SAYING THAT that women in the scientific community of India were the “largest minority”, Union Minister for Textiles Smriti Irani Saturday said science was gender neutral but “what is not neutral is the capacity of women to get scientific opportunities.”
“Of the 2.8 lakh scientists and engineers employed in research and development institutions across the country, only 14 per cent are women. You come to a figure of around 39,000 plus which means the female scientific community in the country is the largest minority. The data shows 81 per cent women in STEM field say there is gender bias in performance evaluation. How will you be paid more when those who evaluate you have a disinclination towards your gender. Where does that disinclination begin,” said Irani while addressing the inaugural session of the Women Science Congress at the 106th Indian Science Congress.
Irani said the problem begins right at the point when parents while raising children give different types of toys to boys and girls. “That’s where the gender bias begins. The fulcrum of Science is the desire to question and the desire to explore. How many girls in the audience were told “zyada mat bolo” (don’t ask too much) when you asked why or how,” she said.
Stating that gender parity was not responsibility of women alone but it is equally a responsibility of men as well to create a dignified system for women, Irani in the context of women participation in Science said, “these doors have been shut for long, break them if you have to and enter into a new world which looks at Science as gender neutral.”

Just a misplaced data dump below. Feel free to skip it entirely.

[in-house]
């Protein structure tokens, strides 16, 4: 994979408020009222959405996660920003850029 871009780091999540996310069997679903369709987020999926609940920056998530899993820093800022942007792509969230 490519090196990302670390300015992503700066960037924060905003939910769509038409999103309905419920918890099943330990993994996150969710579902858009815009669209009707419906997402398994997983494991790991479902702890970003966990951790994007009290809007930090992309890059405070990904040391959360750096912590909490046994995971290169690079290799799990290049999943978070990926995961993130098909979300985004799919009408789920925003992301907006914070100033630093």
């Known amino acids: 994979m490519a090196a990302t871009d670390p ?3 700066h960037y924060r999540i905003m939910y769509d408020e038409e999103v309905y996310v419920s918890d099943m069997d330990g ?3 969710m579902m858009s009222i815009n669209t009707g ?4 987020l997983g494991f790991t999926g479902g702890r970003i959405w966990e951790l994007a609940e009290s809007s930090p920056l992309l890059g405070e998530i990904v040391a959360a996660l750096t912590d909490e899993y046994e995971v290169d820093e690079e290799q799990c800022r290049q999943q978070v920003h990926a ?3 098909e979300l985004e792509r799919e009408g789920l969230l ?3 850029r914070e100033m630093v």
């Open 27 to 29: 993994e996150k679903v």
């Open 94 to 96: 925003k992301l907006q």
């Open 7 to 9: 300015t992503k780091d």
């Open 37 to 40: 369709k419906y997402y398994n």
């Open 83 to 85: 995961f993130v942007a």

Calling for a “just and vibrant future” for women scientists, Irani said next time there should be “an exhibition on what future will look for women in Science” and asked technologists to deliberate on how science can be used to aide gender parity. “I’m glad Indian Science Congress is celebrating the potential of Indian women in Science but it is incumbent upon us as a community and families to promote the desire to question and the desire to explore among children especially girls,” she said.
Irani said language was the “biggest challenge” in terms of dissemination of scientific education as most studies and research papers are in English. “If you look at data and studies, English is the lingua franca in Science. You are told angrezi nahi aati toi seekh lo (Learn English language if you don’t know it). Easier said than done,” she said, adding according to the official data “96.7 per cent of our country’s population resort to 22 schedule languages as their first language or mothertongue” but, she further said, we expect people to learn science in higher educational institutions in English when all their life they have used Indian languages.
Irani called upon the scientific community to propagate “translation of some of the best science journals and new scientific studies” for their further dissemination in schools “so that love for science can be embedded at a very early stage.”
Earlier, Irani also cited an example related to lack of women in scientific field. She said when she was asked to inaugurate a huge robotics prototype at the Lovely Professional University (LPU) on Saturday, there was no girl student who had been part of the project. “I asked for girls but was told ‘the project is called Metal Magna and that is the (only) feminine part of our project.” When I enquired with the teacher, the teacher said mechanical engineering main zyada ladkiyan mili nai (not many girls chose mechanical engineering),” she said.